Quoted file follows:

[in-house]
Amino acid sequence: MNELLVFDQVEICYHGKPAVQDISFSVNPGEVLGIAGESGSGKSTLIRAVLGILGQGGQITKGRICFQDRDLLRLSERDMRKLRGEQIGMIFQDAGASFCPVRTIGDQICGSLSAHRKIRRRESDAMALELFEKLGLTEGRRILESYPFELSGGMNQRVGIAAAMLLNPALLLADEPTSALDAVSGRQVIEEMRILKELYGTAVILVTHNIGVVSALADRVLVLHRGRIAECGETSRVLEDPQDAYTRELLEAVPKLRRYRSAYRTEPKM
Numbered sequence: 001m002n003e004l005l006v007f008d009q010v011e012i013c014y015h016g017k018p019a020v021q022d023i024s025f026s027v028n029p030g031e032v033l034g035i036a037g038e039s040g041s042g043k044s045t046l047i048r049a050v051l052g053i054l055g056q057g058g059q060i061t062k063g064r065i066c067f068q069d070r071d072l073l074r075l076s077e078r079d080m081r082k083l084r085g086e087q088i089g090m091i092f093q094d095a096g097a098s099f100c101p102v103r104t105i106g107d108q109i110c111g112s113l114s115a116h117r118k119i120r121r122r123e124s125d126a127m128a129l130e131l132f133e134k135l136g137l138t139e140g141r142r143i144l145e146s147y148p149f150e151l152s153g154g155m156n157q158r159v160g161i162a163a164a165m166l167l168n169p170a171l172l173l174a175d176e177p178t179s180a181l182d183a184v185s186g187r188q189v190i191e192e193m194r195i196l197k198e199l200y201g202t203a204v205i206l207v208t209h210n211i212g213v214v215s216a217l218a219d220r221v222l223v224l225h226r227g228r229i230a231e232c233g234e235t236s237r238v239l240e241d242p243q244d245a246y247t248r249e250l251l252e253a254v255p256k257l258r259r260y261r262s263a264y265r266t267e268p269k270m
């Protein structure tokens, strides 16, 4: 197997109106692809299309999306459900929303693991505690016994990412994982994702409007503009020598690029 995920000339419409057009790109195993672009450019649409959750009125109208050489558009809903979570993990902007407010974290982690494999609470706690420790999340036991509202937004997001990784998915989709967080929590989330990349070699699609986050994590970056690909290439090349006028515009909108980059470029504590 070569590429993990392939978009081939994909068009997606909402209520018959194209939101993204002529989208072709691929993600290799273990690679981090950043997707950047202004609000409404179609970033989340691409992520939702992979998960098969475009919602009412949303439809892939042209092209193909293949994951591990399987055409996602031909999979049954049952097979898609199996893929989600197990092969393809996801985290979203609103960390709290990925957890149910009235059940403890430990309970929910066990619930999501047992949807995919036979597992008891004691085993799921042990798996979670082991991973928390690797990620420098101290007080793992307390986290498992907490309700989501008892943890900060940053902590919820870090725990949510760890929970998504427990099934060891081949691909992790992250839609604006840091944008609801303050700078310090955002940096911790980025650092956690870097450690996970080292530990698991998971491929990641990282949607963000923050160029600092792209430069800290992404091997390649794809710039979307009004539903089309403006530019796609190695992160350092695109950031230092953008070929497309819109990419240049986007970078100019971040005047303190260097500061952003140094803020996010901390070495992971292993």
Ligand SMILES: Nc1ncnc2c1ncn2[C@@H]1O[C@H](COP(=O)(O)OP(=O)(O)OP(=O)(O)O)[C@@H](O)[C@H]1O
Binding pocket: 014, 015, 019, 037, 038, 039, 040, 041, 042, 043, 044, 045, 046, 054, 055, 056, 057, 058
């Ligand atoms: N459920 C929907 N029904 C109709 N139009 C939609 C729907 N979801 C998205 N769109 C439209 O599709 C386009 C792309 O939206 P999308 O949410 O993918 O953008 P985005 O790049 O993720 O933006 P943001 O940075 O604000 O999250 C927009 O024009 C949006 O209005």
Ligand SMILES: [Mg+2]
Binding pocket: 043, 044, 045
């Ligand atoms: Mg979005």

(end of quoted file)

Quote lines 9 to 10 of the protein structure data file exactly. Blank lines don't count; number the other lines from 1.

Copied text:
Binding pocket: 043, 044, 045
């Ligand atoms: Mg979005």